Effective marketing leaders of today are no longer aligning their department activities with business objectives, they're charged with developing and driving the strategies to lead business growth. The line between marketing and strategy have disappeared in the consumer-driven "Age of Awareness" that denotes today.
Marketing strategists figured out that beating competition requires intimate and exact knowledge of customers' needs and wants. This insight would ensure their strategies – the capabilities they invested in – would actually meet an intended customer need better than competitors. In effect, the customer-centric strategy emerged with purpose and thus, the need for a highly skilled customer-centric marketing team.
Content In a Consumer-Centric Strategy
There are many dynamics and principles of a customer-centric strategy but one key area of focus, especially when building your team, is content. Content builds trusts and credibility with audiences by providing value in a relevant and engaging way. In fact, 52% of buyers viewed 8+ pieces of content from the winning vendor, and 61% chose the vendor who delivered a better content experience.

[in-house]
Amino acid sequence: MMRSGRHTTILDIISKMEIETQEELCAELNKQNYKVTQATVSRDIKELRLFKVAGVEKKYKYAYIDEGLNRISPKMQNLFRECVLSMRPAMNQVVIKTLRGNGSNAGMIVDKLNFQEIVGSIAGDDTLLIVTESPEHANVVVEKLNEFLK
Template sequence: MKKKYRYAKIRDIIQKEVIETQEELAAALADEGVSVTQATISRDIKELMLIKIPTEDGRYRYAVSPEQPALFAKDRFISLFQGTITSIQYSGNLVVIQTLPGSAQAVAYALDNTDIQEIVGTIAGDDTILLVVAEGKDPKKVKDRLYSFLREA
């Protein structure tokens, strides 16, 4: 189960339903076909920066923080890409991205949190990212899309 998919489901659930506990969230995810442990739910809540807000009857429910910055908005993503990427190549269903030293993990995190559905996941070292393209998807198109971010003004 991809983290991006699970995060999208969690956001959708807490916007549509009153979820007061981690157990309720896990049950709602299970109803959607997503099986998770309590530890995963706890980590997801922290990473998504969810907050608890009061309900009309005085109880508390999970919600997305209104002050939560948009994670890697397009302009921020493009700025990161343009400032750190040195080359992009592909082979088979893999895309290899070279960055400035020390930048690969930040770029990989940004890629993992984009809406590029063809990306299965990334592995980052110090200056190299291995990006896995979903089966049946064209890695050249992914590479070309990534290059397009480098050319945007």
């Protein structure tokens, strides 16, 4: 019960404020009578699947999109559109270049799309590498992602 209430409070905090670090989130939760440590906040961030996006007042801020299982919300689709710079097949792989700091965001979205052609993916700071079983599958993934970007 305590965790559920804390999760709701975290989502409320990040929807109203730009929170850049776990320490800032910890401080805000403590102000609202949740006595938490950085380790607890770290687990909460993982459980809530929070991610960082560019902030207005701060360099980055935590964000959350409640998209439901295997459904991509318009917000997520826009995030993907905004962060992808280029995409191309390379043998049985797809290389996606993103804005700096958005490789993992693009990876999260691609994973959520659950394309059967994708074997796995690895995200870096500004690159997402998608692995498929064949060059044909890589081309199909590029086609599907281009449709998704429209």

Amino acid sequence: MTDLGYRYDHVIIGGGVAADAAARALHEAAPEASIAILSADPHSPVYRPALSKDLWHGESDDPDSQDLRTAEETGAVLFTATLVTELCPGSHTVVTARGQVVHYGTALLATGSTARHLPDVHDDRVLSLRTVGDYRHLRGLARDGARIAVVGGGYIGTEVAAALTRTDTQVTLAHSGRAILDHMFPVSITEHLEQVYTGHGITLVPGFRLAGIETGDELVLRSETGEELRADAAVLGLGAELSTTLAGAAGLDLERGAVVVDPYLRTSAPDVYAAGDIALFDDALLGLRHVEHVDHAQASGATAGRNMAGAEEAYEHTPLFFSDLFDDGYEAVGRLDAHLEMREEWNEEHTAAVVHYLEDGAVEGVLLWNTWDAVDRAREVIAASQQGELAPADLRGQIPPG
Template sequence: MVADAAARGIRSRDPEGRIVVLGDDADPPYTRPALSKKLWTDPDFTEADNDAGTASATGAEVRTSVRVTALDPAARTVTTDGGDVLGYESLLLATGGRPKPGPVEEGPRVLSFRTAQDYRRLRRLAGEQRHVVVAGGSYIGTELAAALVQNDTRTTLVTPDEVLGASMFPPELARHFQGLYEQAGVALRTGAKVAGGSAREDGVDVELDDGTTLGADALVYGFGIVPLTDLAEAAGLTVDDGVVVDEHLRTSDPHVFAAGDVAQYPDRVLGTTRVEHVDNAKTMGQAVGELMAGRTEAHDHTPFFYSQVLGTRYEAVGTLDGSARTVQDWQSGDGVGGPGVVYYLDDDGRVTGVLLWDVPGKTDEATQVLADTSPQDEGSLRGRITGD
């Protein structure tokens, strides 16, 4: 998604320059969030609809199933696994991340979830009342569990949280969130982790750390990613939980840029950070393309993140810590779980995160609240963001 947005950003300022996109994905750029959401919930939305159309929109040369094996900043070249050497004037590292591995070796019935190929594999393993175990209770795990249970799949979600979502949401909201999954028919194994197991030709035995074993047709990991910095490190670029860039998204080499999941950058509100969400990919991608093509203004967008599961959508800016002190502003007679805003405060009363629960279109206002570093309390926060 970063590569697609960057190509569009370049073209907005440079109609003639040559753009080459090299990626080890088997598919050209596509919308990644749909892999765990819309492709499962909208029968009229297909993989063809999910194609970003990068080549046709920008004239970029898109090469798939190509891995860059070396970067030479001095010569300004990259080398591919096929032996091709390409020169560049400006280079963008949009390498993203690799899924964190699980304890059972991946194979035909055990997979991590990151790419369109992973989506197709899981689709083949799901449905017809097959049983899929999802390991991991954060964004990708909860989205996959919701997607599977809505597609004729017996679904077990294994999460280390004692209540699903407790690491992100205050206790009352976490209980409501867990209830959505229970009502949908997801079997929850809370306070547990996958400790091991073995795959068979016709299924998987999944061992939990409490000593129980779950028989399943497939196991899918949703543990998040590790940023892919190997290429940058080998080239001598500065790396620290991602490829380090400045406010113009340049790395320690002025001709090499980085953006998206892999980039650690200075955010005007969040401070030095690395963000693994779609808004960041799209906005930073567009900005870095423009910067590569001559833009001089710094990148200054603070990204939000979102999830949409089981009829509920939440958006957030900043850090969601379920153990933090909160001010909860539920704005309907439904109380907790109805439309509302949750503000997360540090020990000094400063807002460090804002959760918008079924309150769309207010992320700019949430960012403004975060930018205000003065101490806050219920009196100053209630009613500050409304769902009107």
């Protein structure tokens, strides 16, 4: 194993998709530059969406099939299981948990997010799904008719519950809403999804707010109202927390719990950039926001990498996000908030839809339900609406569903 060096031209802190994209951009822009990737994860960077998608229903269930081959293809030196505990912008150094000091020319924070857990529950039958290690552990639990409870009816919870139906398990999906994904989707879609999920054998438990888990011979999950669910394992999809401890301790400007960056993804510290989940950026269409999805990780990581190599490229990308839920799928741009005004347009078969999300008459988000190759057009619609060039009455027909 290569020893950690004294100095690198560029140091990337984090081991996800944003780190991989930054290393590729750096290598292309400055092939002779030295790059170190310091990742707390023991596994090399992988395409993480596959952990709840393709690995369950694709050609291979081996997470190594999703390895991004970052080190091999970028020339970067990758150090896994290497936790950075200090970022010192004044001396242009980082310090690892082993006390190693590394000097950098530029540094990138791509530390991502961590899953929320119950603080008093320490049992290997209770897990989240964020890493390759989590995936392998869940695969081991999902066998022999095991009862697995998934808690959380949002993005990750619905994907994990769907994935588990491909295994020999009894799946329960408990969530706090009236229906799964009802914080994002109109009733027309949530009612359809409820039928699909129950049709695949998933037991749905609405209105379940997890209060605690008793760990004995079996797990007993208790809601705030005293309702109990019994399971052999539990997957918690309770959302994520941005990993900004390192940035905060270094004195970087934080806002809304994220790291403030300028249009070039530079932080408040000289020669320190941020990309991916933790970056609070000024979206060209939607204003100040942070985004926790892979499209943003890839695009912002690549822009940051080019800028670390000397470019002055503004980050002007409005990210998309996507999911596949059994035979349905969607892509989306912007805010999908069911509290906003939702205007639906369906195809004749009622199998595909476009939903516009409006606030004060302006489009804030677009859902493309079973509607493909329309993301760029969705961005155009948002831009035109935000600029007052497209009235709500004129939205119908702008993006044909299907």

A customer-centric model reflects these buying trends and in effect, organizations are building their marketing teams with a much greater emphasis on content. According to the Content Marketing Institute, 70% of B2B marketers plan on creating more content in the next fiscal year.
This shift to a more content and consumer focused marketing model means the roles within the marketing team must change to keep up with the increased demand for timely and relevant content, delivered across an ever expanding array of technologies, channels and media formats.
The Modern Marketing Team
What does all this mean for organizing an effective marketing team? Marketing is strategic and holistic, and data is the glue bringing everything – and everyone – together. If everyone is using the same data to make customer-centric decisions, it makes sense to have everyone collaborating toward the same goals.
Marketing strategies are becoming more interconnected as the technology and tactics supporting them becomes more advanced.
This means the days of separating marketing departments by function, or “silos,” are long gone. Each function of the marketing team – PR, SEO, design, social media, email, off-line marketing, etc. – must work together to share data and present a personalized and cohesive customer experience across all channels.
Rather, the effective marketing team might have three areas of expertise: production, marketing, and strategy. Jay Acunzo from Sorry for Marketing suggests organizing these three areas in a pod structure, an organizational structure in which these areas work together to produce one asset. Each asset would have its own pod.
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Here's a snapshot of what customer-centric marketing teams may look like:
This post was originally published in spring of 2017 and has been updated to reflect most recent data.
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